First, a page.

So again, if you want the high standards that a writer like Mamet can accomplish, then we must try understanding why he doesn't want to make a film about (or at least not officially about) the infamous Biden's son (Mamet knows there are higher fruits on the tree than low-hanging political fruit). If we seek to understand Mamet's limitations, understand why he doesn't seek to do travelogue (he may not like it).

But, there is also something else here that many do not understand about artists, and especially storytellers like writers, directors, & actors. It is this... writing a lead character must be done with compassion and empathy. The charged nature of this story makes this difficult, or makes it hard to communicate. Falling in love with this character must occur, in a way. That may be hard, even for David Mamet to do. Expressing that empathy may be even harder.

Additionally, the high cost of paying a pro like him may not compensate enough for the journey to learn these things. That will depend upon many things, and we can learn it in other ways. But this journey to getting good quality work is often worth far more to us than we may believe. We may forge a long-lasting relationship, or learn more about art ourselves. And it will be with... David Mamet.

By the way, if you seek to learn more about Mamet, and his brilliance, here's a great video on him and the Master Class he made recently, with some great summation on his philosophy on writing (namely that character does not exist. And yes, by coincidence, I subscribe to a similar theory in my own work).

The beauty is, this journey can start even before you sign on the dotted line. For example, ask him if he doesn't believe he can do travelogues well, or ask if this is his hangup. Because I personally believe that travelogues are a muted way of saying adventure film. But that's just me. Embracing that more challenging journey to making an adventure film could be his solution.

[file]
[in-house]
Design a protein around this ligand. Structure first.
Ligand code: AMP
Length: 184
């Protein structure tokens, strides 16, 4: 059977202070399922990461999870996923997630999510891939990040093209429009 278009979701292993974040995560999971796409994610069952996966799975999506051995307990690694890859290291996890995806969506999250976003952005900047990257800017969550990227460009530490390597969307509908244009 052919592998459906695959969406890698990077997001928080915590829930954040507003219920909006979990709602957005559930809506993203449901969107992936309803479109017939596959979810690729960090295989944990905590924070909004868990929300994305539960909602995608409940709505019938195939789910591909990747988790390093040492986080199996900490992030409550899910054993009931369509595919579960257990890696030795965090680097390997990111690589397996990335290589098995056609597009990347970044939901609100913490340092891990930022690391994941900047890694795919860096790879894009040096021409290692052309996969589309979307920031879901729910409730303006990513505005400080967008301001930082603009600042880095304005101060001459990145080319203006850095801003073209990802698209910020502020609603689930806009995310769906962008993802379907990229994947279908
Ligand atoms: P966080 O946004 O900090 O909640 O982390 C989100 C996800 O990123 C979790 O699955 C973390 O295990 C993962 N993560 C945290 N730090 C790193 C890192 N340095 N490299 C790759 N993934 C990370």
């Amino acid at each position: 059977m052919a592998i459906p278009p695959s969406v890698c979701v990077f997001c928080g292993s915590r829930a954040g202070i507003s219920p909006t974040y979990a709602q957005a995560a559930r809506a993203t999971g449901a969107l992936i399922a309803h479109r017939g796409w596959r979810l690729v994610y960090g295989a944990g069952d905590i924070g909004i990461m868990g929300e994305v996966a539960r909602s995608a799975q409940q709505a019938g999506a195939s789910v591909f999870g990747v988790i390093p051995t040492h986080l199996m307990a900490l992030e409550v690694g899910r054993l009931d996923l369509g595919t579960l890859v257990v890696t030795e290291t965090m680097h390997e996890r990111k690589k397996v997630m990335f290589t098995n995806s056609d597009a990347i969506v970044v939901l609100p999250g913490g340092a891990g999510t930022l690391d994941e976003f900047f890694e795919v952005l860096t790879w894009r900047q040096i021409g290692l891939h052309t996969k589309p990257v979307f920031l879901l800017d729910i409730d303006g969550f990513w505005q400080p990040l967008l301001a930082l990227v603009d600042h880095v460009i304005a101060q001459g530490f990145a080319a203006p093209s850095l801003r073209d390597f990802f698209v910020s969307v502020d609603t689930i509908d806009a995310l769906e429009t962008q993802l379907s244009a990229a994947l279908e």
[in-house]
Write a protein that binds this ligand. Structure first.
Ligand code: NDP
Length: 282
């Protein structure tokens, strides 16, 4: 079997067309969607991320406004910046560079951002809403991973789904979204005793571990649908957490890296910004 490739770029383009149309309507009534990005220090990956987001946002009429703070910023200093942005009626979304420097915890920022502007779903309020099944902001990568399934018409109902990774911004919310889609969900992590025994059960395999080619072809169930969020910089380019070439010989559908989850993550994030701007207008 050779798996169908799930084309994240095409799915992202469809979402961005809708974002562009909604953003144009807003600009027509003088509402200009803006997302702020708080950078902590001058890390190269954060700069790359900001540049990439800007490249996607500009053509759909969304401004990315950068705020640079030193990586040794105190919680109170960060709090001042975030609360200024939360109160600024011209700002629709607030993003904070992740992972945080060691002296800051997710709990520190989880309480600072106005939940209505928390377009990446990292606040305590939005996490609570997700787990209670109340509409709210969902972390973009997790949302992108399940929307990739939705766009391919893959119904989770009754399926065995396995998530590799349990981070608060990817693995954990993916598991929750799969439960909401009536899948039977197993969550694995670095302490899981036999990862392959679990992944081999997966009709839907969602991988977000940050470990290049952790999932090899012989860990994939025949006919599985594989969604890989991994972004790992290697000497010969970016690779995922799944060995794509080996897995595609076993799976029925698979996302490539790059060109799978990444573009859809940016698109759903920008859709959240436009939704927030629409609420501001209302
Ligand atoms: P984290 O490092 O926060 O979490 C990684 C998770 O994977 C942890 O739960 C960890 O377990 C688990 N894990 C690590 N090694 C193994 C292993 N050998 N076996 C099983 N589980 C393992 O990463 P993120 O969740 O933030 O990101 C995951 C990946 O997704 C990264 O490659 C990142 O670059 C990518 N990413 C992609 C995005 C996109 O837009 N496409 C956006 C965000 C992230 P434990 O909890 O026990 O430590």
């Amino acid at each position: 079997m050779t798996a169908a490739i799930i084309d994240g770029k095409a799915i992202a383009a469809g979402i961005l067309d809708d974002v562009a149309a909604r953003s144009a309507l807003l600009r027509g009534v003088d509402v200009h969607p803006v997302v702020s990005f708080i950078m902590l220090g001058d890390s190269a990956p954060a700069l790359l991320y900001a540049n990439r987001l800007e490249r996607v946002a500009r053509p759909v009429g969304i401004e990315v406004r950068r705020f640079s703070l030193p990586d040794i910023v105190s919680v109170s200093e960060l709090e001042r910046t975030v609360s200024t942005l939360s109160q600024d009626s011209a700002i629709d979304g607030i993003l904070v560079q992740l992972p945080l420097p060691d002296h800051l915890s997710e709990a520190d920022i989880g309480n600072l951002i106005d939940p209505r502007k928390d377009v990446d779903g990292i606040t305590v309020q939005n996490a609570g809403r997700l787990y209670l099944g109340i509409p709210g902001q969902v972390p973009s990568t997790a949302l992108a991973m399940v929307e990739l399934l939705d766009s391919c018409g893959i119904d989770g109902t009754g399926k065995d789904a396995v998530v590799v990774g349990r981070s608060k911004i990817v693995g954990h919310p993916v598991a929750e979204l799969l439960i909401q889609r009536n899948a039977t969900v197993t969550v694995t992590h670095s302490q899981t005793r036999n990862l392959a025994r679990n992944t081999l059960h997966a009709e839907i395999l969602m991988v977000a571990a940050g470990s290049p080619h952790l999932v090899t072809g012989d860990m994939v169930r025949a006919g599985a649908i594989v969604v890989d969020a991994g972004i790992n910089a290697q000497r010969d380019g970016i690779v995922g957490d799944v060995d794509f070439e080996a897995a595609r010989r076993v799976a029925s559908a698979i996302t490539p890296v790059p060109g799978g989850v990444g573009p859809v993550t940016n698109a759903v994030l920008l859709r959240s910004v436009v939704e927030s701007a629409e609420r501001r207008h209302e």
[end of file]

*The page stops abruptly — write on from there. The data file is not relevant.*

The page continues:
Another solution is to ask why he doesn't seek to make it political by including the hot-button issue of using the Biden name? Sure, as many artists are, he may be bored of politics as a focus of discussion in film. But he also may believe that it muddies the waters of clear self-reflection, which art is often meant to facilitate. This can be a great point of agreement and cooperation.

For example: instead of it being a yes or no answer on his name, we can focus on making it about the human condition, not about the modern corruption in politics, or the fact that this calls into question the loyalties of our current President.

In other words, appealing to sympathy instead of outrage.

If you haven't picked up on it, you can see that this kind of thing excites me, because I really enjoy the "idea phase" of making great films happen with great artists alongside. In any case, I think it could have been accomplished, but I think this kind of raw and contemplative discussion is required to push it to the next stage... into a cooperative arrangement where we can learn more about each other. This becomes an accomplishment in itself.

So, many people can't do this, it's true. But if you seek to work with good artists, this is often more necessary than we'd like to think. And I think anyone should be honored to work with such a storied and prolific writer as Mamet.

Here's to hoping that both Mamet gets to make great work into the future, and also these now-storied film producers get to as well!

Did you enjoy this article? Did you learn anything about David Mamet, negotiating with artists, and understanding the pitfalls of political or biopic work? Let us know down below (with subscription) or on our social media!